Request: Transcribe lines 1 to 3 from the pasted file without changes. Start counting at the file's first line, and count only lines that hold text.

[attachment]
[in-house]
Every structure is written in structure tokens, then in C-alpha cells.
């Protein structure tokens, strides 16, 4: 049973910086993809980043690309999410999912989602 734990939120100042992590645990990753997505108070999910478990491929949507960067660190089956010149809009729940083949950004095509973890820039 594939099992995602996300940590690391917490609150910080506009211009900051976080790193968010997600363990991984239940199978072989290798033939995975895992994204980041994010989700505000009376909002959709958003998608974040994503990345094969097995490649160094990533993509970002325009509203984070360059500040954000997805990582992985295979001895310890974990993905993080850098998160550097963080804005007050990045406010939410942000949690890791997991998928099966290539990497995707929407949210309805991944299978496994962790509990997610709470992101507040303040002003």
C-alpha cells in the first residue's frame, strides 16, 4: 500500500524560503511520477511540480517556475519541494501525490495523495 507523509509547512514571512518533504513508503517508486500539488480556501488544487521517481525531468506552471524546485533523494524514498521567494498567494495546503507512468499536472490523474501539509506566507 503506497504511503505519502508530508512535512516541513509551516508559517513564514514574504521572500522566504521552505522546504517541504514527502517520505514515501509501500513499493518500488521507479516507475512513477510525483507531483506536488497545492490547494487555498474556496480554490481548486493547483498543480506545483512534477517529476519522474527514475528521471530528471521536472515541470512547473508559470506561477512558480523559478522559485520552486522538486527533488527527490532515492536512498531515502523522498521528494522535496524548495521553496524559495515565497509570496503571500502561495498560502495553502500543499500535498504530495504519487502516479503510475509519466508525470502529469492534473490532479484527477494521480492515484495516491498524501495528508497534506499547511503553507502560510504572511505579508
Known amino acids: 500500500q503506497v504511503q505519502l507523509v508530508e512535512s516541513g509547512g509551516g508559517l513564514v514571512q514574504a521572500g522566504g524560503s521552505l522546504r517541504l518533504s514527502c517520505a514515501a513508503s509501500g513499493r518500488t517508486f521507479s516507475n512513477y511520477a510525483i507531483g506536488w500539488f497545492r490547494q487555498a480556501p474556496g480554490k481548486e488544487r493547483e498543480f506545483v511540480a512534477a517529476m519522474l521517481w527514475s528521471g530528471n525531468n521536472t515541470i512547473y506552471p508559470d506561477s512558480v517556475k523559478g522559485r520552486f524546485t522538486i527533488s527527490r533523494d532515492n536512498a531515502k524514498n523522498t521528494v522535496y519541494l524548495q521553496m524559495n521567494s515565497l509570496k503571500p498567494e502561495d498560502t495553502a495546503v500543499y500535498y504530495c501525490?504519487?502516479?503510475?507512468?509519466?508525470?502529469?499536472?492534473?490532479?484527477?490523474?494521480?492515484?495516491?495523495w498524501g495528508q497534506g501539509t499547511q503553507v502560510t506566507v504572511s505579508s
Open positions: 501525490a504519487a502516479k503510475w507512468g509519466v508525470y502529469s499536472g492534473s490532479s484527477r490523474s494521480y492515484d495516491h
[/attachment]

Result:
[in-house]
Every structure is written in structure tokens, then in C-alpha cells.
């Protein structure tokens, strides 16, 4: 049973910086993809980043690309999410999912989602 734990939120100042992590645990990753997505108070999910478990491929949507960067660190089956010149809009729940083949950004095509973890820039 594939099992995602996300940590690391917490609150910080506009211009900051976080790193968010997600363990991984239940199978072989290798033939995975895992994204980041994010989700505000009376909002959709958003998608974040994503990345094969097995490649160094990533993509970002325009509203984070360059500040954000997805990582992985295979001895310890974990993905993080850098998160550097963080804005007050990045406010939410942000949690890791997991998928099966290539990497995707929407949210309805991944299978496994962790509990997610709470992101507040303040002003």